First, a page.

In several farms of Adivasi villagers, Odisha Mining Corporation pillars mark the lease area of its proposed Gandhamardan mine
The illegalities that spawned Odisha’s largest corruption scam were so pervasive that they had led the Shah Commission to darkly conclude in its 2013 report, “There is no rule of law, but law is what the mighty mining lessees decide, with the connivance of the concerned department.”
But it is 2016 now, and to the Adivasis, it seems they mattered little earlier; they matter little now.
In Urumunda, besides Naik, whose name features thrice on the resolution, several villagers point out fake signatures and repeated names. Villager Baidyanath Sahoo finds his name thrice and says mockingly, “They have sold me three times over.”
Baidyanath Sahoo, Urumunda: “They have sold me three times over”
According to the forest clearance submission made for the mine to the Environment Ministry, the gram sabhas for Urumunda and six other villages in the Gandhamardan forest – Uppar Jagara, Donla, Ambadahara, Nitigotha, Uppar Kainsari and Ichinda – were convened in November and December 2011. In village after village, when I show copies of these resolutions – with over 2,000 purported signatures and thumbprints – villagers say they had neither held such meetings, nor passed such resolutions.
In Nitigotha, panchayat samiti member Shakuntala Dehury lets out a volley of abuse on reading a copy of the resolution claiming to be her village’s. It depicts, in language identical to that of the remaining six villages’ resolutions, Nitigotha’s residents as holding a meeting, in which they say they are not using the forests for cultivation, house-building or any livelihood, and have no individual or community claims to it. Each resolution then has the villagers say that the opening of the mine will give them livelihood, and that they request the government to implement the forest diversion proposal.
As the petite Shakuntala reads out the resolution, the text amuses, then enrages villagers gathered around her. “Please bring the haraamzaada officer before me who has written this absurd and false resolution,” the young woman says angrily.
Nitigotha and Ambadahara, like other villages in the area, and an estimated 15,000 villages across Odisha, have a long tradition of community protection of forests, which Environment Minister Prakash Javdekar might consider studying first-hand. For example here, villagers have drawn up a roster, which puts five villagers on duty each day of the week, to patrol the village’s section of forest, and ensure no trees are cut, and no timber is smuggled.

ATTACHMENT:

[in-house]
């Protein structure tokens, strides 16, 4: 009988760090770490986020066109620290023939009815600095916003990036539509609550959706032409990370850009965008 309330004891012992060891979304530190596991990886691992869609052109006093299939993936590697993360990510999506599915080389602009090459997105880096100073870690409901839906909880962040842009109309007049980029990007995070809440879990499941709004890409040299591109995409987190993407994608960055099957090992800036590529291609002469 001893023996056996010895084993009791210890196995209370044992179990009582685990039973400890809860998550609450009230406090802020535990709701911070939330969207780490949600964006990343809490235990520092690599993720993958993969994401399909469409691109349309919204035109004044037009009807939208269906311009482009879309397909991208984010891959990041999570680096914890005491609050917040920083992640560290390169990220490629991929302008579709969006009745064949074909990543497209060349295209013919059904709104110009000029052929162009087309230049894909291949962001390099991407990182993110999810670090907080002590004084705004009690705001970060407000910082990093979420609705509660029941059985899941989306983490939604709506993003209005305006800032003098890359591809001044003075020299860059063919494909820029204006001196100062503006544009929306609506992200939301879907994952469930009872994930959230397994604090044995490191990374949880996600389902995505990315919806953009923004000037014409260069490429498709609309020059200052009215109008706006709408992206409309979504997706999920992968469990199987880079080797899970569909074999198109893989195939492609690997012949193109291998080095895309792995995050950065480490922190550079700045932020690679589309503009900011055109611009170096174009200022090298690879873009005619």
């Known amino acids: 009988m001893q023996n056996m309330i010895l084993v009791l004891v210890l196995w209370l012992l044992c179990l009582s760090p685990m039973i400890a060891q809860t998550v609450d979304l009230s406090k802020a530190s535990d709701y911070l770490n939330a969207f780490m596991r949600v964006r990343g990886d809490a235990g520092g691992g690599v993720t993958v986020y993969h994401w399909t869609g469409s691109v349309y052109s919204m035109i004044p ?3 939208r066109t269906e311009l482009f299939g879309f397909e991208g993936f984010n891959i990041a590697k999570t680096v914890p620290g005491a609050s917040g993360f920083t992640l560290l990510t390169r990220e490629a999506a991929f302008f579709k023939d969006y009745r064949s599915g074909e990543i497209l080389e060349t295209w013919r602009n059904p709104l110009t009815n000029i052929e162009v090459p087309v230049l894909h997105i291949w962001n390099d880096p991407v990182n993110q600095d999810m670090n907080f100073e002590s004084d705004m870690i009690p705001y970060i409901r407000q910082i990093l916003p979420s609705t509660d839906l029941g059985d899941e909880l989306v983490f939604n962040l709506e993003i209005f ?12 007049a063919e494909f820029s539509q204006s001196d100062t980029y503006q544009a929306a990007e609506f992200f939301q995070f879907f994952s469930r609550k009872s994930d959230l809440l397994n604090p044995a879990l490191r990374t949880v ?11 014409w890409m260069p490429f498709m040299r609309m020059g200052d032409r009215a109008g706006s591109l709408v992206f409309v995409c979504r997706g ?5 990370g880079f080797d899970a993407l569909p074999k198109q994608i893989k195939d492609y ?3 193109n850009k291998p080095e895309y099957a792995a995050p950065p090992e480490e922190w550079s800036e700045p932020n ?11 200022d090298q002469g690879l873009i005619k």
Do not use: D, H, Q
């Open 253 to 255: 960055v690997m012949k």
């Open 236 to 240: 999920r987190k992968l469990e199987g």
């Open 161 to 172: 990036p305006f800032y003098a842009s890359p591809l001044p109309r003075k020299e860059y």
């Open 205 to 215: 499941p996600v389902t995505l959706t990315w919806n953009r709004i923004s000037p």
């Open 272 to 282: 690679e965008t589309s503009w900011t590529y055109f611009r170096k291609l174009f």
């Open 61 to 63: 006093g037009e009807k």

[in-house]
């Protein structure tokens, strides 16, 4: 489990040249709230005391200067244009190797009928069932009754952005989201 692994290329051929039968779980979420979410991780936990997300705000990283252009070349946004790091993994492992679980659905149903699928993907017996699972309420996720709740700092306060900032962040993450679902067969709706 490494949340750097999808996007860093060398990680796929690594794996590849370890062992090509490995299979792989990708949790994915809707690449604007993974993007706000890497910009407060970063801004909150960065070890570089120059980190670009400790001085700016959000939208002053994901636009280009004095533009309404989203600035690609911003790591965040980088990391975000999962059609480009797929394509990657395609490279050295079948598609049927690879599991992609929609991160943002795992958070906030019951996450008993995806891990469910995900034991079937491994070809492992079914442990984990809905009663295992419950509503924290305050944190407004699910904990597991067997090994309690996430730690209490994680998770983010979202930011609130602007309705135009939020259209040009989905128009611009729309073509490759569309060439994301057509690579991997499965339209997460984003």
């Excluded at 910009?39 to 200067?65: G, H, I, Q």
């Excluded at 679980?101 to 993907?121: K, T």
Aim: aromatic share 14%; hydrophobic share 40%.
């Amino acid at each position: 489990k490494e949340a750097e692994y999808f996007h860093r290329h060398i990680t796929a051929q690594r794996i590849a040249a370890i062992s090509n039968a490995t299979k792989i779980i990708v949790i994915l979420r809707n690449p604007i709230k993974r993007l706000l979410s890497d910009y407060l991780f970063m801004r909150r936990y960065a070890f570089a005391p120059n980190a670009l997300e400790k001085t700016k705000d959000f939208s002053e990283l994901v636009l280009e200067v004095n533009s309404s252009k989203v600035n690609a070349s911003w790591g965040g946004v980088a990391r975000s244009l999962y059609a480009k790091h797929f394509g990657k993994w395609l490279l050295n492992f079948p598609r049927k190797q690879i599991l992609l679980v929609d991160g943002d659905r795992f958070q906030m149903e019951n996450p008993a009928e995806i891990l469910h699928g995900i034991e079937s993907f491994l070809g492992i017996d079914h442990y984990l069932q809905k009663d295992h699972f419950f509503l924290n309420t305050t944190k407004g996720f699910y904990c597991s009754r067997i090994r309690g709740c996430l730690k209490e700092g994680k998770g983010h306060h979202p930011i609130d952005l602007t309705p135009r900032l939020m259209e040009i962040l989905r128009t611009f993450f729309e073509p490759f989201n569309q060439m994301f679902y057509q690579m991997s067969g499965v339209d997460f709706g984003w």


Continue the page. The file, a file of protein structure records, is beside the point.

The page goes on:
Shakuntala Dehury shows Nitigotha’s community forest protection roster
“We are protecting the forest. The forest nourishes us,” says Kaviraj Dehury, among the villagers on duty the day I visit. “How would we ever sit in a gram sabha and say we have no claim to the forest, and that we request the government to give it to OMC?” he asks, pointing out multiple errors in the resolution claiming the village's consent.
Dehury and sister Hemlata's names feature on their village's resolution. They were in Class 4 and 5 respectively when the purported gram sabha took place
In Uppar Jagara, there are murmurs of ‘forgery’ ‘forgery’ as villagers mill around a copy of the resolution claiming to be their village’s. Gobinda Munda is shocked to see his name feature twice, both times with different and fake signatures. “This is how I actually sign,” he says, writing his signature.
As the crowd reads the list of names on the resolution claiming to be their village’s, they discover over half of the names appended to the resolution are not people from their village. Khageshwar Purti chips in, “OMC mining has spoilt our farms, sapped our streams. We have made many complaints to district authorities but who listens to us? If we held a gram sabha to discuss their proposal, would we ever come up with such an absurd resolution?”